As more construction firms pledge to be net-zero by 2050, Richard Robertson, business development director at Cadline, provider of MTWO Complete Construction Cloud, is calling on businesses to utilise technology to create more sustainable workforces.
“It is now an expectation, not just an attractive gesture, for design briefs to incorporate some form of green commitment. Aiming to abolish carbon emissions may seem an ambitious target, but this is mainly down to not having the skills and technology available. Technology is at the forefront of driving change as it directly enables organisations to simulate and predict project costs, times and emissions – ultimately creating more sustainable workforces,” he said.
Richard states that more businesses should use technology to eliminate waste, reduce costs, invest in more sustainable materials and streamline workflow.
Use data to eliminate waste: Poor project planning can lead to over-estimations of materials required, which are then wasted. This is both costly to businesses and detrimental to the environment, if they’re unable to be reused elsewhere.
Although construction makes up 13% of our global GDP it also accounts for 40% of emissions worldwide. By streamlining communications and processes among all stakeholders involved, teams can collaborate better to be more efficient and eliminate waste, ultimately reducing their carbon emissions.
Reduce costs to invest in sustainable materials: Despite being a main component of construction, concrete is in fact one of the least sustainable materials, so it is vital it isn’t used unnecessarily in projects.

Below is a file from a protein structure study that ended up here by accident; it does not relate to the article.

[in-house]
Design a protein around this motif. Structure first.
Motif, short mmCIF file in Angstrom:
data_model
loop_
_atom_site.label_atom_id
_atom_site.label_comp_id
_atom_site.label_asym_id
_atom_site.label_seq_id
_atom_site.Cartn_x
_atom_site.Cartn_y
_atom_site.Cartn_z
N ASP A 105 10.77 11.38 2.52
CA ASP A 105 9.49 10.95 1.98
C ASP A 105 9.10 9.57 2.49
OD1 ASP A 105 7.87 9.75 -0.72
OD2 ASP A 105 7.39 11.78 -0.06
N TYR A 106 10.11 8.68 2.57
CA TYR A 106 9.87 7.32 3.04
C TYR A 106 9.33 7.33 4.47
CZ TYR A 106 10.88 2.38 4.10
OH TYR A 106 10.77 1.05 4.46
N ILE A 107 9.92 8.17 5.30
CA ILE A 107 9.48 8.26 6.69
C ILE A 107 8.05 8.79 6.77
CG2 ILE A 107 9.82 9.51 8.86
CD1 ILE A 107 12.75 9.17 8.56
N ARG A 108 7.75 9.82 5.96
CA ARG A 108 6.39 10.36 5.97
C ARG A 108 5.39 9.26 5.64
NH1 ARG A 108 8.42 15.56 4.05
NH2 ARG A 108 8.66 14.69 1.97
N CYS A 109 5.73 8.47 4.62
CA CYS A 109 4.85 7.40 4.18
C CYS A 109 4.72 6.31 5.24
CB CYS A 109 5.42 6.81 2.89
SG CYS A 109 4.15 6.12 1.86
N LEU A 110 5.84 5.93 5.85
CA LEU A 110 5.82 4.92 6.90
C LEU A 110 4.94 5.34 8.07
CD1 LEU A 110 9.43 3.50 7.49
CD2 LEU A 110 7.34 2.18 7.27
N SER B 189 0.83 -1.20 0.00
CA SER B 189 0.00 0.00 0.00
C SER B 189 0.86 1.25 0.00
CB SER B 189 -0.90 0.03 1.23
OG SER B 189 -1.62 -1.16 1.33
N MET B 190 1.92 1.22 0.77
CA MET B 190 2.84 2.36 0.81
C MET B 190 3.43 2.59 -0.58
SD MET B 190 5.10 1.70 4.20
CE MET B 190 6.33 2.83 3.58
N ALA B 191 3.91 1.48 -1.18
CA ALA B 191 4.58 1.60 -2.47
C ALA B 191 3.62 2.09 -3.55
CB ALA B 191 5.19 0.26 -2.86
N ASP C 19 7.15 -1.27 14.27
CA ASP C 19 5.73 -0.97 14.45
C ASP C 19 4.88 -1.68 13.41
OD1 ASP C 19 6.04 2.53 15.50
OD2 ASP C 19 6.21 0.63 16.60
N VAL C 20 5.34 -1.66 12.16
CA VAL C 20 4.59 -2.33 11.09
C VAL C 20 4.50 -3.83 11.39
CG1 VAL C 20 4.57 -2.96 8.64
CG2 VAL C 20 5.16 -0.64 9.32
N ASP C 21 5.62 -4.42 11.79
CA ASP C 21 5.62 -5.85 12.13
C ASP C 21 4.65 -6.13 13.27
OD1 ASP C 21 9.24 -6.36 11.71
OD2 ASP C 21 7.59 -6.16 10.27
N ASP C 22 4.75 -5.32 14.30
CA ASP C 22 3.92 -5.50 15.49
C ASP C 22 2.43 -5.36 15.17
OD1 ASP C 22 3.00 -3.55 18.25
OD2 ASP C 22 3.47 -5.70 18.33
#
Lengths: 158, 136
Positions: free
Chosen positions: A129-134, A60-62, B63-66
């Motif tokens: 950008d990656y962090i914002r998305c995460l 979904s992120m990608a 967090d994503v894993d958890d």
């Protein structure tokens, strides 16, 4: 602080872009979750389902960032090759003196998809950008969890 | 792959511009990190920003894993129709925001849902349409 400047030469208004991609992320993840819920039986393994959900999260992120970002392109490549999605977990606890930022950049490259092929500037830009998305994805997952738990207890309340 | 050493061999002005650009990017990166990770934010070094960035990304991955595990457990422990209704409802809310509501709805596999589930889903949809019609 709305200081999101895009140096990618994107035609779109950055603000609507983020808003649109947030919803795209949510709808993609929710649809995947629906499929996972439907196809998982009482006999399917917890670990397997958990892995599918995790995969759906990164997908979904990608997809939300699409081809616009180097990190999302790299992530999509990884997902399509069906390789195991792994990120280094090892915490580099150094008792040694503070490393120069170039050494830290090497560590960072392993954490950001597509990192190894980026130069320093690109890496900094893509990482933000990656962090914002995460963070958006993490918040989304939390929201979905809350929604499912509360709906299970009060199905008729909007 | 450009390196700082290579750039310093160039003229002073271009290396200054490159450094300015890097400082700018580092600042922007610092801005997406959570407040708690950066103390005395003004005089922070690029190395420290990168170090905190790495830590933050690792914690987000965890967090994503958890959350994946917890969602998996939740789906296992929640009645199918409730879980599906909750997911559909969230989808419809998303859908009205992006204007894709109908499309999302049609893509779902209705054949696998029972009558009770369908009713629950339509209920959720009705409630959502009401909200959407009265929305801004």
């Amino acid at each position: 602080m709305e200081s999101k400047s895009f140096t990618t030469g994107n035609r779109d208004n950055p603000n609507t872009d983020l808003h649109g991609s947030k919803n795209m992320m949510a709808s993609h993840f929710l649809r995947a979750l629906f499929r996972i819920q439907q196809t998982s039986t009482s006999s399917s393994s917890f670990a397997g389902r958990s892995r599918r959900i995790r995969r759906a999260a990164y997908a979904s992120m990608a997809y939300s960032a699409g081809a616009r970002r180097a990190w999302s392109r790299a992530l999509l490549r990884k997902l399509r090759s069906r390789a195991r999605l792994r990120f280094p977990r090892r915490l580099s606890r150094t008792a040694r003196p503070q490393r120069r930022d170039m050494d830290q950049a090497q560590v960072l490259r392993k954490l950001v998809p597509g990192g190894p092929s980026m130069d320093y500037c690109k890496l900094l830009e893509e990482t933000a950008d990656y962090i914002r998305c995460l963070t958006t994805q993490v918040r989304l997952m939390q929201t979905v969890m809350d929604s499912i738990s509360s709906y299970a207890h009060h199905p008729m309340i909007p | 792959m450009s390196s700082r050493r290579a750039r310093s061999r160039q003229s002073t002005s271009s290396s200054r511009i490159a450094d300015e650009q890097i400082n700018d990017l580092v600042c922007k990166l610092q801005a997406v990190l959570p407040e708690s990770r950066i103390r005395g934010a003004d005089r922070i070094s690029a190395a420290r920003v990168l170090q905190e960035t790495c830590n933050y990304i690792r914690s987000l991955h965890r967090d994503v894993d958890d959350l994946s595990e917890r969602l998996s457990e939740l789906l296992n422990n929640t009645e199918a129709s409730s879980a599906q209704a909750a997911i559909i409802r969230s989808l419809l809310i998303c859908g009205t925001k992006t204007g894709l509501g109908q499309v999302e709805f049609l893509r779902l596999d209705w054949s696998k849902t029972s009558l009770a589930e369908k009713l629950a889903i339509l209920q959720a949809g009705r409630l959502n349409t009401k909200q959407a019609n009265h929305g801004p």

Through careful, digital planning of projects, it is easier to make quick adjustments to designs and internal systems. This can minimise the use of resources and utilise spending, so businesses can access and invest in sustainable materials to make buildings more environmentally friendly. Studies have found that ‘green’ buildings can be instrumental in minimising pollution and its impact on our health.
Virtual visits: Sustainability isn’t just limited to the construction of buildings and extends to individual employees’ carbon footprint. By working collaboratively and more holistically, we can deliver huge changes.
Technology allows us to view project sites virtually and remotely and progress can now be uploaded and viewed in real-time, saving the time and cost of sending an inspector to visit a site. If all construction firms adopted this method, it would significantly reduce the amount of travel undertaken. Similarly, employees’ time is freed up and can be allocated to other tasks, streamlining workflow and saving cost on potential additional hires needed.
At least a third of our population is still sceptical about climate change, but the worst action our industry could take is nothing.